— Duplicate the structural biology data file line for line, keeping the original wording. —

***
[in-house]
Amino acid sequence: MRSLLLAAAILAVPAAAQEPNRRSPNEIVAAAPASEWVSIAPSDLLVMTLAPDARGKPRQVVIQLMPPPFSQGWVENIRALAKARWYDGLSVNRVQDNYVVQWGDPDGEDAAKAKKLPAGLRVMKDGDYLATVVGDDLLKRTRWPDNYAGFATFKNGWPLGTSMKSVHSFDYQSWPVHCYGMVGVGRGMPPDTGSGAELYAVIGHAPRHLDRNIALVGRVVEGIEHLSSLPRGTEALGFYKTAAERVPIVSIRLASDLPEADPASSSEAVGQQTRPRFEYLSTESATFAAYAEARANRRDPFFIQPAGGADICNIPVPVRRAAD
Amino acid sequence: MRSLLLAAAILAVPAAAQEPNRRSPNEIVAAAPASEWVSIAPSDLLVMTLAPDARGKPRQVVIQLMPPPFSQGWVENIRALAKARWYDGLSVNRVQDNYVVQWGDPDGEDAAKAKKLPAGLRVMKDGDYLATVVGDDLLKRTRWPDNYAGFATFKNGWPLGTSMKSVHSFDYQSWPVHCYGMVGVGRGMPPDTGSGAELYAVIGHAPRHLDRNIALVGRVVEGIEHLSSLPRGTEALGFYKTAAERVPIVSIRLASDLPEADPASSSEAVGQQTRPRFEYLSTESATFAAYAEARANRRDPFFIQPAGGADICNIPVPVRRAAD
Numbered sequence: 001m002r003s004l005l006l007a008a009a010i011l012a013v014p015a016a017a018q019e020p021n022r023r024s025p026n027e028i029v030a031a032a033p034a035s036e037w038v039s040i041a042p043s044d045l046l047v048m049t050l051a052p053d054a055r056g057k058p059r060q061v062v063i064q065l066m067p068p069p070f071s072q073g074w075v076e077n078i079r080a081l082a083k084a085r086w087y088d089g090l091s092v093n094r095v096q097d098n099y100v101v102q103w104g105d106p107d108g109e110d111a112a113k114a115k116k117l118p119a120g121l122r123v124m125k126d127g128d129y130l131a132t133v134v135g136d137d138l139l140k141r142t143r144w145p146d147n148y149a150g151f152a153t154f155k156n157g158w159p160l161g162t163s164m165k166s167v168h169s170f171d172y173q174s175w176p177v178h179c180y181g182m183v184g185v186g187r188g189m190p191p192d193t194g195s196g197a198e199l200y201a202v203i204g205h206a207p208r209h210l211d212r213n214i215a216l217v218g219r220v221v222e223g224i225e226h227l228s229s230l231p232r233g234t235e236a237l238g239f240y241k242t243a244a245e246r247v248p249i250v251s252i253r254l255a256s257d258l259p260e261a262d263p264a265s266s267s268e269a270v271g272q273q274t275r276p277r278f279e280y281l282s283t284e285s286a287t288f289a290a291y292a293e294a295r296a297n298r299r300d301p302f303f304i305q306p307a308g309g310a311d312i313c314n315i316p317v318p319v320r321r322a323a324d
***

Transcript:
[in-house]
Amino acid sequence: MRSLLLAAAILAVPAAAQEPNRRSPNEIVAAAPASEWVSIAPSDLLVMTLAPDARGKPRQVVIQLMPPPFSQGWVENIRALAKARWYDGLSVNRVQDNYVVQWGDPDGEDAAKAKKLPAGLRVMKDGDYLATVVGDDLLKRTRWPDNYAGFATFKNGWPLGTSMKSVHSFDYQSWPVHCYGMVGVGRGMPPDTGSGAELYAVIGHAPRHLDRNIALVGRVVEGIEHLSSLPRGTEALGFYKTAAERVPIVSIRLASDLPEADPASSSEAVGQQTRPRFEYLSTESATFAAYAEARANRRDPFFIQPAGGADICNIPVPVRRAAD
Amino acid sequence: MRSLLLAAAILAVPAAAQEPNRRSPNEIVAAAPASEWVSIAPSDLLVMTLAPDARGKPRQVVIQLMPPPFSQGWVENIRALAKARWYDGLSVNRVQDNYVVQWGDPDGEDAAKAKKLPAGLRVMKDGDYLATVVGDDLLKRTRWPDNYAGFATFKNGWPLGTSMKSVHSFDYQSWPVHCYGMVGVGRGMPPDTGSGAELYAVIGHAPRHLDRNIALVGRVVEGIEHLSSLPRGTEALGFYKTAAERVPIVSIRLASDLPEADPASSSEAVGQQTRPRFEYLSTESATFAAYAEARANRRDPFFIQPAGGADICNIPVPVRRAAD
Numbered sequence: 001m002r003s004l005l006l007a008a009a010i011l012a013v014p015a016a017a018q019e020p021n022r023r024s025p026n027e028i029v030a031a032a033p034a035s036e037w038v039s040i041a042p043s044d045l046l047v048m049t050l051a052p053d054a055r056g057k058p059r060q061v062v063i064q065l066m067p068p069p070f071s072q073g074w075v076e077n078i079r080a081l082a083k084a085r086w087y088d089g090l091s092v093n094r095v096q097d098n099y100v101v102q103w104g105d106p107d108g109e110d111a112a113k114a115k116k117l118p119a120g121l122r123v124m125k126d127g128d129y130l131a132t133v134v135g136d137d138l139l140k141r142t143r144w145p146d147n148y149a150g151f152a153t154f155k156n157g158w159p160l161g162t163s164m165k166s167v168h169s170f171d172y173q174s175w176p177v178h179c180y181g182m183v184g185v186g187r188g189m190p191p192d193t194g195s196g197a198e199l200y201a202v203i204g205h206a207p208r209h210l211d212r213n214i215a216l217v218g219r220v221v222e223g224i225e226h227l228s229s230l231p232r233g234t235e236a237l238g239f240y241k242t243a244a245e246r247v248p249i250v251s252i253r254l255a256s257d258l259p260e261a262d263p264a265s266s267s268e269a270v271g272q273q274t275r276p277r278f279e280y281l282s283t284e285s286a287t288f289a290a291y292a293e294a295r296a297n298r299r300d301p302f303f304i305q306p307a308g309g310a311d312i313c314n315i316p317v318p319v320r321r322a323a324d